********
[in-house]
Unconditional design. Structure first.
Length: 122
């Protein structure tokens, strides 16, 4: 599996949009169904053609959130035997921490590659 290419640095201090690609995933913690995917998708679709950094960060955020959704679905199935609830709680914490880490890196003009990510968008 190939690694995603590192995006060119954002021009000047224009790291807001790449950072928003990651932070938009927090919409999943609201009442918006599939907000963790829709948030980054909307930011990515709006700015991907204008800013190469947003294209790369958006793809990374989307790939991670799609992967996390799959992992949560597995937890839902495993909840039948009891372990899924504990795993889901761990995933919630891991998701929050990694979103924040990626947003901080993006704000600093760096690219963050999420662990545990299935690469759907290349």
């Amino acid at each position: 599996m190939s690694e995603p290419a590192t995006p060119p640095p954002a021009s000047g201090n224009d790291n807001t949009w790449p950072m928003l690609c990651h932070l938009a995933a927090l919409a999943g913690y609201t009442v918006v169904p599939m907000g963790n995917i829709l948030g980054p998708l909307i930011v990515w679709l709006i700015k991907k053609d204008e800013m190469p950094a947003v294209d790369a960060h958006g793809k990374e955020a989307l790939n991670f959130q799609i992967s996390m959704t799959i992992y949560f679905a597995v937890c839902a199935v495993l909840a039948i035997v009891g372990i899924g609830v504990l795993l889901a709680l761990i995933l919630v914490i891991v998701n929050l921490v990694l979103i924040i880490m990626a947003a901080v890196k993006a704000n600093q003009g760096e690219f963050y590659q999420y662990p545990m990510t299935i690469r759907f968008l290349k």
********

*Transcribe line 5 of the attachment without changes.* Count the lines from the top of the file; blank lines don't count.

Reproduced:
């Amino acid at each position: 599996m190939s690694e995603p290419a590192t995006p060119p640095p954002a021009s000047g201090n224009d790291n807001t949009w790449p950072m928003l690609c990651h932070l938009a995933a927090l919409a999943g913690y609201t009442v918006v169904p599939m907000g963790n995917i829709l948030g980054p998708l909307i930011v990515w679709l709006i700015k991907k053609d204008e800013m190469p950094a947003v294209d790369a960060h958006g793809k990374e955020a989307l790939n991670f959130q799609i992967s996390m959704t799959i992992y949560f679905a597995v937890c839902a199935v495993l909840a039948i035997v009891g372990i899924g609830v504990l795993l889901a709680l761990i995933l919630v914490i891991v998701n929050l921490v990694l979103i924040i880490m990626a947003a901080v890196k993006a704000n600093q003009g760096e690219f963050y590659q999420y662990p545990m990510t299935i690469r759907f968008l290349k």